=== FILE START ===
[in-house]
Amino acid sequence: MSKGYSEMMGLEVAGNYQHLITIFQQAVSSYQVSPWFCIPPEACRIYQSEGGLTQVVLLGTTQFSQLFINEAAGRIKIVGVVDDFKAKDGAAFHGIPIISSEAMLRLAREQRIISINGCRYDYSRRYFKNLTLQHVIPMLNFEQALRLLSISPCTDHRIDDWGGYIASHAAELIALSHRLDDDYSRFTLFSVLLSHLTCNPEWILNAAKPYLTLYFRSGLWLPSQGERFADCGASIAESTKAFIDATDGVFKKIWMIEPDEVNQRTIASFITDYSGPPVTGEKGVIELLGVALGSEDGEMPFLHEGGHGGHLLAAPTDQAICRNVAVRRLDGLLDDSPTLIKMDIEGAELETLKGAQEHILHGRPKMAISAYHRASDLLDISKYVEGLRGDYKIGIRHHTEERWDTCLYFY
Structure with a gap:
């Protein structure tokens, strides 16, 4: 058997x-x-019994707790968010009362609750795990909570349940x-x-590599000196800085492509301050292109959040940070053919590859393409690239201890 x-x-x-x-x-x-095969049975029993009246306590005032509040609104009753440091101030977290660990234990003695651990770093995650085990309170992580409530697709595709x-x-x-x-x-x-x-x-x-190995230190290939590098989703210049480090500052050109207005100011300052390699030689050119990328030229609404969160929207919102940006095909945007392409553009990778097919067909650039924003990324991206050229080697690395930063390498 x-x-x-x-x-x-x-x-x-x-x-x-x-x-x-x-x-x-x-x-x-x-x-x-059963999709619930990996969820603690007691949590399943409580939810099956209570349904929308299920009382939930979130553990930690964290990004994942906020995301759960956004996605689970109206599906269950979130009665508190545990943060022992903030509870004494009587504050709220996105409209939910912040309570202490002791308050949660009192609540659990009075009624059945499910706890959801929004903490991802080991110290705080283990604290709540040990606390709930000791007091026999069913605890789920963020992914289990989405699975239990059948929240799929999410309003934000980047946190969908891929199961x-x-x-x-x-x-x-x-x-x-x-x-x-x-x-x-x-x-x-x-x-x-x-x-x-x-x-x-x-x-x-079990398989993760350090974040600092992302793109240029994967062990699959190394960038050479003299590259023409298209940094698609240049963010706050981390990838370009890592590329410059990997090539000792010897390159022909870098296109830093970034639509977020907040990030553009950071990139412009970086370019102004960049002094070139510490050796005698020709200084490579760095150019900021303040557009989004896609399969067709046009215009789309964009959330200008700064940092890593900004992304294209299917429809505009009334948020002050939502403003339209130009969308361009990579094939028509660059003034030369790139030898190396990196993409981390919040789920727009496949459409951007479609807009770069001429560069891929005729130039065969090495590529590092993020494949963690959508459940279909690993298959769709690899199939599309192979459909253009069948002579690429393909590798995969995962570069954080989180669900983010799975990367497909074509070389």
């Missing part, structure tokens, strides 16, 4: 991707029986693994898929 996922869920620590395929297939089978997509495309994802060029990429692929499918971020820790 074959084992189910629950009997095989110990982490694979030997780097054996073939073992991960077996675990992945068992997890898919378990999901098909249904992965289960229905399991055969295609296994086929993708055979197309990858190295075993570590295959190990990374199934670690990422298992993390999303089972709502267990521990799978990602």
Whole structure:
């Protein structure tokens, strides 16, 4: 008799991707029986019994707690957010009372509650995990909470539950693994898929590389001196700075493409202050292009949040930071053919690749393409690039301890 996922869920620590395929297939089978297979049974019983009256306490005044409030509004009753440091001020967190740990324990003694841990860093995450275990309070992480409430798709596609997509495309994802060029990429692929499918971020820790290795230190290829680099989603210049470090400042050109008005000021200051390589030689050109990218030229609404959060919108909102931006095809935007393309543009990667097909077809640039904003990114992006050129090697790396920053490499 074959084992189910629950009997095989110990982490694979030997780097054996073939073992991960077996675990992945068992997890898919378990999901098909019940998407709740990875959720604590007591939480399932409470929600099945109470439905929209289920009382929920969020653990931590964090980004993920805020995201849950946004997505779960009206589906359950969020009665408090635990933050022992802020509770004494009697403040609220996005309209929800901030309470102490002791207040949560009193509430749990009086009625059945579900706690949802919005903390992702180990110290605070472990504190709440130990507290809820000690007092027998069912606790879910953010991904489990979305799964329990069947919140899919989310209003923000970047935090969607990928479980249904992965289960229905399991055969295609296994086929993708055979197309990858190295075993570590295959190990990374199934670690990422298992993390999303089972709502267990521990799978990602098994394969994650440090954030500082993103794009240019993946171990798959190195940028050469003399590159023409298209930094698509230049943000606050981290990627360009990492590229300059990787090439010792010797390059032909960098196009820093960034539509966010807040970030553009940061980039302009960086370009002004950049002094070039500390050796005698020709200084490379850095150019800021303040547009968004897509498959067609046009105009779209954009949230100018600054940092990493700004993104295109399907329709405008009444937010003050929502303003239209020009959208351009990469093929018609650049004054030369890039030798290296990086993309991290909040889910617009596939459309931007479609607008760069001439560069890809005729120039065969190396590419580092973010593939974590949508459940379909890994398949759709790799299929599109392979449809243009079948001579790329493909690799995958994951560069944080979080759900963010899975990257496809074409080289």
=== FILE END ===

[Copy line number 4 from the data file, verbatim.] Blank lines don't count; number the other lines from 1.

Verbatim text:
């Protein structure tokens, strides 16, 4: 058997x-x-019994707790968010009362609750795990909570349940x-x-590599000196800085492509301050292109959040940070053919590859393409690239201890 x-x-x-x-x-x-095969049975029993009246306590005032509040609104009753440091101030977290660990234990003695651990770093995650085990309170992580409530697709595709x-x-x-x-x-x-x-x-x-190995230190290939590098989703210049480090500052050109207005100011300052390699030689050119990328030229609404969160929207919102940006095909945007392409553009990778097919067909650039924003990324991206050229080697690395930063390498 x-x-x-x-x-x-x-x-x-x-x-x-x-x-x-x-x-x-x-x-x-x-x-x-059963999709619930990996969820603690007691949590399943409580939810099956209570349904929308299920009382939930979130553990930690964290990004994942906020995301759960956004996605689970109206599906269950979130009665508190545990943060022992903030509870004494009587504050709220996105409209939910912040309570202490002791308050949660009192609540659990009075009624059945499910706890959801929004903490991802080991110290705080283990604290709540040990606390709930000791007091026999069913605890789920963020992914289990989405699975239990059948929240799929999410309003934000980047946190969908891929199961x-x-x-x-x-x-x-x-x-x-x-x-x-x-x-x-x-x-x-x-x-x-x-x-x-x-x-x-x-x-x-079990398989993760350090974040600092992302793109240029994967062990699959190394960038050479003299590259023409298209940094698609240049963010706050981390990838370009890592590329410059990997090539000792010897390159022909870098296109830093970034639509977020907040990030553009950071990139412009970086370019102004960049002094070139510490050796005698020709200084490579760095150019900021303040557009989004896609399969067709046009215009789309964009959330200008700064940092890593900004992304294209299917429809505009009334948020002050939502403003339209130009969308361009990579094939028509660059003034030369790139030898190396990196993409981390919040789920727009496949459409951007479609807009770069001429560069891929005729130039065969090495590529590092993020494949963690959508459940279909690993298959769709690899199939599309192979459909253009069948002579690429393909590798995969995962570069954080989180669900983010799975990367497909074509070389």